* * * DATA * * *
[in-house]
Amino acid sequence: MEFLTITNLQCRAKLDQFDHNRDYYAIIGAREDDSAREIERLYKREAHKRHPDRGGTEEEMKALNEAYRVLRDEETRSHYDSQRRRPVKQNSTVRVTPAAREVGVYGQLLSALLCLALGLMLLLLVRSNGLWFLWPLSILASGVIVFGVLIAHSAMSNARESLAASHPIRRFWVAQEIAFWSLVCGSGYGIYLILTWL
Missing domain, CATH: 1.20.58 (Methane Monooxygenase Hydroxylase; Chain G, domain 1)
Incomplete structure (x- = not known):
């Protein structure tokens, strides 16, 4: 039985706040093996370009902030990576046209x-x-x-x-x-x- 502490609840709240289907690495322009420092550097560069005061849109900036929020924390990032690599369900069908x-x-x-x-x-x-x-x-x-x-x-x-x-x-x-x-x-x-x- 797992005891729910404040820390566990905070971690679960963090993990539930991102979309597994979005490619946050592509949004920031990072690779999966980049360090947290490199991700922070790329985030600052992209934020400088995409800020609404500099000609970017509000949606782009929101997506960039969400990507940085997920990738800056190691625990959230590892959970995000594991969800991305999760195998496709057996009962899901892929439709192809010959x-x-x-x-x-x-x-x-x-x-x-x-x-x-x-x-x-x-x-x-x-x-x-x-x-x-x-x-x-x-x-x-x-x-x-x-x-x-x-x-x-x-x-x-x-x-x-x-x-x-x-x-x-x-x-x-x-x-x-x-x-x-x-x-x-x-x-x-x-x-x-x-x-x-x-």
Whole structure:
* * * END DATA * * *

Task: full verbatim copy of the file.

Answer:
[in-house]
Amino acid sequence: MEFLTITNLQCRAKLDQFDHNRDYYAIIGAREDDSAREIERLYKREAHKRHPDRGGTEEEMKALNEAYRVLRDEETRSHYDSQRRRPVKQNSTVRVTPAAREVGVYGQLLSALLCLALGLMLLLLVRSNGLWFLWPLSILASGVIVFGVLIAHSAMSNARESLAASHPIRRFWVAQEIAFWSLVCGSGYGIYLILTWL
Missing domain, CATH: 1.20.58 (Methane Monooxygenase Hydroxylase; Chain G, domain 1)
Incomplete structure (x- = not known):
């Protein structure tokens, strides 16, 4: 039985706040093996370009902030990576046209x-x-x-x-x-x- 502490609840709240289907690495322009420092550097560069005061849109900036929020924390990032690599369900069908x-x-x-x-x-x-x-x-x-x-x-x-x-x-x-x-x-x-x- 797992005891729910404040820390566990905070971690679960963090993990539930991102979309597994979005490619946050592509949004920031990072690779999966980049360090947290490199991700922070790329985030600052992209934020400088995409800020609404500099000609970017509000949606782009929101997506960039969400990507940085997920990738800056190691625990959230590892959970995000594991969800991305999760195998496709057996009962899901892929439709192809010959x-x-x-x-x-x-x-x-x-x-x-x-x-x-x-x-x-x-x-x-x-x-x-x-x-x-x-x-x-x-x-x-x-x-x-x-x-x-x-x-x-x-x-x-x-x-x-x-x-x-x-x-x-x-x-x-x-x-x-x-x-x-x-x-x-x-x-x-x-x-x-x-x-x-x-």
Whole structure: